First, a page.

He saw the
girl fling a grimace at the angry, roaring, maneater beneath her, and
then, laughing, speed away into the forest. For an hour the lion
remained about the water hole. A hundred times could the hunter have
bagged his prey. Why did he fail to do so? Was he afraid that the
shot might attract the girl and cause her to return?
At last Numa, still roaring angrily, strode majestically into the
jungle. The hunter crawled from his boma, and half an hour later was
entering a little camp snugly hidden in the forest. A handful of black
followers greeted his return with sullen indifference. He was a great
bearded man, a huge, yellow-bearded giant, when he entered his tent.
Half an hour later he emerged smooth shaven.
His blacks looked at him in astonishment.
"Would you know me?" he asked.
"The hyena that bore you would not know you, Bwana," replied one.
The man aimed a heavy fist at the black's face; but long experience in
dodging similar blows saved the presumptuous one.
Meriem returned slowly toward the tree in which she had left her skirt,
her shoes and her stockings. She was singing blithely; but her song
came to a sudden stop when she came within sight of the tree, for
there, disporting themselves with glee and pulling and hauling upon her
belongings, were a number of baboons. When they saw her they showed no
signs of terror. Instead they bared their fangs and growled at her.
What was there to fear in a single she-Tarmangani? Nothing, absolutely
In the open plain beyond the forest the hunters were returning from the
day's sport. They were widely separated, hoping to raise a wandering
lion on the homeward journey across the plain. The Hon. Morison
Baynes rode closest to the forest. As his eyes wandered back and forth
across the undulating, shrub sprinkled ground they fell upon the form
of a creature close beside the thick jungle where it terminated
abruptly at the plain's edge.
He reined his mount in the direction of his discovery. It was yet too
far away for his untrained eyes to recognize it; but as he came closer
he saw that it was a horse, and was about to resume the original
direction of his way when he thought that he discerned a saddle upon
the beast's back. He rode a little closer. Yes, the animal was
saddled. The Hon. Morison approached yet nearer, and as he did so
Wealthy by inheritance, he had chosen the field of education for his life work solely from a desire to be of some material benefit to mankind since the meager salary which accompanied his professorship was not of sufficient import to influence him in the slightest degree.Page 5
There was never any suggestion of familiarity in his manner; nor in his choice of topics did he ever ignore the fact that she was a young girl.Page 9
Virginia was positive that her fusillade had frightened them into a hasty retreat, but again Sing discouraged any such idea when he pointed to the fact that another instant would have carried the prahu close to the Ithaca's side and out of the machine gun's radius of action.Page 29
" The younger man was horrified.Page 42
Going to the door he pushed it open and entered the apartment.Page 44
Then with the balance of his horde he crept alone in the darkness until opposite Bududreen and the watchers about the chest.Page 46
Tearing him loose from his prey, he raised him far above his head and threw him heavily against the opposite wall, then he turned his attention toward Sing's assailants.Page 55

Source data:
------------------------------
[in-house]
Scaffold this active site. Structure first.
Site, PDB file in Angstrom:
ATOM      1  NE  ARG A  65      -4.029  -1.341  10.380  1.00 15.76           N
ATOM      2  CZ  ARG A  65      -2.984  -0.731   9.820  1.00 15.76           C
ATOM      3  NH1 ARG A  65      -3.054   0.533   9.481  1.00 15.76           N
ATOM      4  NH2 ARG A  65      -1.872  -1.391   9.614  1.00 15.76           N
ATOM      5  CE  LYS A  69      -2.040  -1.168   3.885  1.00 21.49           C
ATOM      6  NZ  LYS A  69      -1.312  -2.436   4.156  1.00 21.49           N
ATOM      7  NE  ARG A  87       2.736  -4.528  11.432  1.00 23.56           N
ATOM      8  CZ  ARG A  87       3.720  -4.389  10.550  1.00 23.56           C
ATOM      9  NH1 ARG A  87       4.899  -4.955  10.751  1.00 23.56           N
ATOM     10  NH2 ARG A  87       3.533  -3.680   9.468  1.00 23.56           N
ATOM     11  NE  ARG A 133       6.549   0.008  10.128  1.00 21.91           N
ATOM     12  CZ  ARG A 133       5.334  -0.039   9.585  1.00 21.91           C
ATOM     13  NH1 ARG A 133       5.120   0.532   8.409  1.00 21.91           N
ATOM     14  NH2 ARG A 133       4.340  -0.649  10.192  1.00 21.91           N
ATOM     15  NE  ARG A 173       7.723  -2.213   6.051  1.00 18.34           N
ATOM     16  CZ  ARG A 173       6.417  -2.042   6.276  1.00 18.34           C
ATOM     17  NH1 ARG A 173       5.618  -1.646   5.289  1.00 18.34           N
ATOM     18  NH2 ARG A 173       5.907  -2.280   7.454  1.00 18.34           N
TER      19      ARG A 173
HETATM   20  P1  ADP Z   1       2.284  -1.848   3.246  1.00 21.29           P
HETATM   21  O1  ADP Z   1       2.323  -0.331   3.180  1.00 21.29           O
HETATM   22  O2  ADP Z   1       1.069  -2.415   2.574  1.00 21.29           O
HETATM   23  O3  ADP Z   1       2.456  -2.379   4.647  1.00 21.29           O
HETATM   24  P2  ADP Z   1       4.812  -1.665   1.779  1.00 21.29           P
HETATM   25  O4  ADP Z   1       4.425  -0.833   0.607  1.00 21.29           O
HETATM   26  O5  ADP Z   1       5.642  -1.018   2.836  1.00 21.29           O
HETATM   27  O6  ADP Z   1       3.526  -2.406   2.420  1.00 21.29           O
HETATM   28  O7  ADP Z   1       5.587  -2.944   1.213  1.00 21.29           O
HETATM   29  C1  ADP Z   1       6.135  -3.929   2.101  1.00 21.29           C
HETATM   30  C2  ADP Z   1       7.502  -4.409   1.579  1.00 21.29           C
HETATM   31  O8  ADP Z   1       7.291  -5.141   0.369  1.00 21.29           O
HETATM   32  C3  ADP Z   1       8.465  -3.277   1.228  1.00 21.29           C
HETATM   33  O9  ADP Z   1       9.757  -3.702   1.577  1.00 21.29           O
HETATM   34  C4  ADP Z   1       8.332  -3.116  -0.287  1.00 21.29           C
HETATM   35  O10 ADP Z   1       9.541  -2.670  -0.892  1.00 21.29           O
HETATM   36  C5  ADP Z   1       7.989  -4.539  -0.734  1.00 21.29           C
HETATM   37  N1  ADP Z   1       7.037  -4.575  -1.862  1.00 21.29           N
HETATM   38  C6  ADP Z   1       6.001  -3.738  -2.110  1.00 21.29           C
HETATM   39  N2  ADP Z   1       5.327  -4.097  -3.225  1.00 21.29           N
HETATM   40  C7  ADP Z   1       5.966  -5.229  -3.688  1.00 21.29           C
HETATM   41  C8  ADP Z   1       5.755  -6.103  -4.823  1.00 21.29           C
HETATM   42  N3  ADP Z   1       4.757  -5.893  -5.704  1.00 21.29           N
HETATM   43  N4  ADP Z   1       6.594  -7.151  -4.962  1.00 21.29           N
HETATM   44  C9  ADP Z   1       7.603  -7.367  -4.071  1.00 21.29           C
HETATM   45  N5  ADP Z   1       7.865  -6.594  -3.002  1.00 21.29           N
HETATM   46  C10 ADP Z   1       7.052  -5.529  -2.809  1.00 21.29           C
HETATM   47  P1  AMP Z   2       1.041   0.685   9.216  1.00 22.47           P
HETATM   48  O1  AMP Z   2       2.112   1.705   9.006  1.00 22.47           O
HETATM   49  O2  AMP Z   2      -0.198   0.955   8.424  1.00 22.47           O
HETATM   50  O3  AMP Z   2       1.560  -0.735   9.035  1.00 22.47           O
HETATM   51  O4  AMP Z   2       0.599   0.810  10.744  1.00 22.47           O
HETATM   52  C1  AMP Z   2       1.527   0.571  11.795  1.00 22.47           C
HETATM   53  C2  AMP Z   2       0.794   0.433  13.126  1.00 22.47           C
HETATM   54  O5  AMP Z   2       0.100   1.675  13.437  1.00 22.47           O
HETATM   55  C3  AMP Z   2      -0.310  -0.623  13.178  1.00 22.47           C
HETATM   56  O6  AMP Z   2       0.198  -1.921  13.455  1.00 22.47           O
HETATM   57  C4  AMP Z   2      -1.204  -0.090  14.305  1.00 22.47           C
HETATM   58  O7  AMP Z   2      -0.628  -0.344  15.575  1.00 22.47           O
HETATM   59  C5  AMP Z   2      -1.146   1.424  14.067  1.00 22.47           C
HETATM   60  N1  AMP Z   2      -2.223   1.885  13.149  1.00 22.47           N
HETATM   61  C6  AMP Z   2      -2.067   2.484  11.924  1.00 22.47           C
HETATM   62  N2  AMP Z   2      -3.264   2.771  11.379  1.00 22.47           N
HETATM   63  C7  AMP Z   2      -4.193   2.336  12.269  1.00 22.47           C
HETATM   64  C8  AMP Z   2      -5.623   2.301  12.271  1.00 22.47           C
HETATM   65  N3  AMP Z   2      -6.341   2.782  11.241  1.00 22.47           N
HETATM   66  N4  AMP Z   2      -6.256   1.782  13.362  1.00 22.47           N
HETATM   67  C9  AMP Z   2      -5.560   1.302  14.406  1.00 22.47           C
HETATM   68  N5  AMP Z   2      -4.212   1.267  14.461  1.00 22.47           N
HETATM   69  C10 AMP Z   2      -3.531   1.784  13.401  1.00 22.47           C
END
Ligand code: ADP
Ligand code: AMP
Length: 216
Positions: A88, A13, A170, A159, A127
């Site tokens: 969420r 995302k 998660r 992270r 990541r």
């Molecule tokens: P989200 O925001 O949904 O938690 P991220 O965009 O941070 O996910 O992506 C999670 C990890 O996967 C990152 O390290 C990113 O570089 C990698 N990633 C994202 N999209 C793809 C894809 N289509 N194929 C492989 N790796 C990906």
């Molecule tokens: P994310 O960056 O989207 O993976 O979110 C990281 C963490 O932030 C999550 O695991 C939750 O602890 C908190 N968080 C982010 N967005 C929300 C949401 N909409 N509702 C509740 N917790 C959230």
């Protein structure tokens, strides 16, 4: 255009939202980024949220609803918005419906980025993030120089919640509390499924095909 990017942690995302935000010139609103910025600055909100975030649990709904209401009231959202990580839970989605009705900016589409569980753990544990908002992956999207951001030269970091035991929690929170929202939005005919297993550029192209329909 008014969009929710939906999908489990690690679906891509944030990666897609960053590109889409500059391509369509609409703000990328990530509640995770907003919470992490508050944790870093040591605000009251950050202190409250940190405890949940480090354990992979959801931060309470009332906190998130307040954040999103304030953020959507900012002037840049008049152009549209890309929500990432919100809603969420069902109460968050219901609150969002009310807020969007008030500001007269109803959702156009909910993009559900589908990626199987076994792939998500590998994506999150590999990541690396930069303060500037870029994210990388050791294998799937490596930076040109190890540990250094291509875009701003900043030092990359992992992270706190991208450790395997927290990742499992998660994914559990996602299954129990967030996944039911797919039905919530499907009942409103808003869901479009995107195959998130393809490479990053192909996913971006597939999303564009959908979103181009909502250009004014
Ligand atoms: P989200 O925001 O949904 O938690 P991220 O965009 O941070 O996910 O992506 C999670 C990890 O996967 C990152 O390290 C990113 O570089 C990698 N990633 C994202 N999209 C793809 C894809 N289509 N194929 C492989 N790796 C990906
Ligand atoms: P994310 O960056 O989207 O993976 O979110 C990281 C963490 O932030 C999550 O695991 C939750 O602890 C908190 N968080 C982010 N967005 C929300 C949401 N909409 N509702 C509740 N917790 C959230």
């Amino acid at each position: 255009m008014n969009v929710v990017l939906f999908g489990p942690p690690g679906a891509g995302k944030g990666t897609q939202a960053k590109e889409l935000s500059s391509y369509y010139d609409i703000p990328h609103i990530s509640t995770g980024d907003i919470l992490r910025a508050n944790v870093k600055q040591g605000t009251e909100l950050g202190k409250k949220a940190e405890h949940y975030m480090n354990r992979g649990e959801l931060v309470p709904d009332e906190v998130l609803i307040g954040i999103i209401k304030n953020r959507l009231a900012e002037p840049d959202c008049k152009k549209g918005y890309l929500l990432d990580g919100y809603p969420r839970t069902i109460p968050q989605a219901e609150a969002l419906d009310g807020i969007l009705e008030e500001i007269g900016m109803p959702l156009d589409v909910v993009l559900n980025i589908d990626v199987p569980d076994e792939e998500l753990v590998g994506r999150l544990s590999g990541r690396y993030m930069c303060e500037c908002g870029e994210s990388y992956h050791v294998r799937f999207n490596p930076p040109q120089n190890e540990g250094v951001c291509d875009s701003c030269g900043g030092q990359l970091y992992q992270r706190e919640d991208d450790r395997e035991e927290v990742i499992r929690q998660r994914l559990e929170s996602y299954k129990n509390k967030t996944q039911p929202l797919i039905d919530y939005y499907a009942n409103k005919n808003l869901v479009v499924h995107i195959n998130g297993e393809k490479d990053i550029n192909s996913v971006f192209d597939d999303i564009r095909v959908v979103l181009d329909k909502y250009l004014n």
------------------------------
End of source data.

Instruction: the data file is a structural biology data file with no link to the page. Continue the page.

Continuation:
Among the age old arts of the celestials none is more strangely inspiring than that of medicine.Page 60
The dark skin was creased in fierce wrinkles about the eyes and mouth.Page 82
Yet as she glanced from them to her new captors she could not but feel that she would prefer captivity in one of the settlements they were passing--there at least she might find an opportunity to communicate with her father, or be discovered by the rescue party as.Page 89
Do you understand?" Muda Saffir nodded.Page 95
The outcome of it was that von Horn finally decided to make an attempt to follow the trail of the creature that the woman had seen, and with this plan in view persuaded Muda Saffir to arrange with the chief of the long-house at which they then were to furnish him with trackers and an escort of warriors, promising them some splendid heads should they be successful in overhauling Bulan and his pack.Page 96
It was in this last event that Sing's interest centered, for he was sure that he recognized the voice as that of Bulan, while the first cry for help which he had heard had been in a woman's voice, and Sing knew that its author could be none other than Virginia Maxon.Page 105
As von Horn stood by the river's bank after his conversation with Virginia, he saw a small sampan approaching from up stream.Page 114
Virginia could see that the creature who bore her was not deformed of body, but she shrank from the thought of what a sight of his face might reveal.Page 116
"I am Bulan," he said, at last, quietly.Page 118
He would have envied them but for the anticipation of the time that he might be alone with.Page 122
The girl read part of the truth in his heavy eyes and worn face, and tried to force him to take needed rest, but she did not guess that he had not slept for four days and nights.Page 123
Von Horn was always searching for an opportunity to enlist the aid of the friendly natives in an effort to regain the chest, but so far he had found none who would agree to accompany him even in consideration of a large share of the booty.Page 125
"Who was he?" It was von Horn who answered.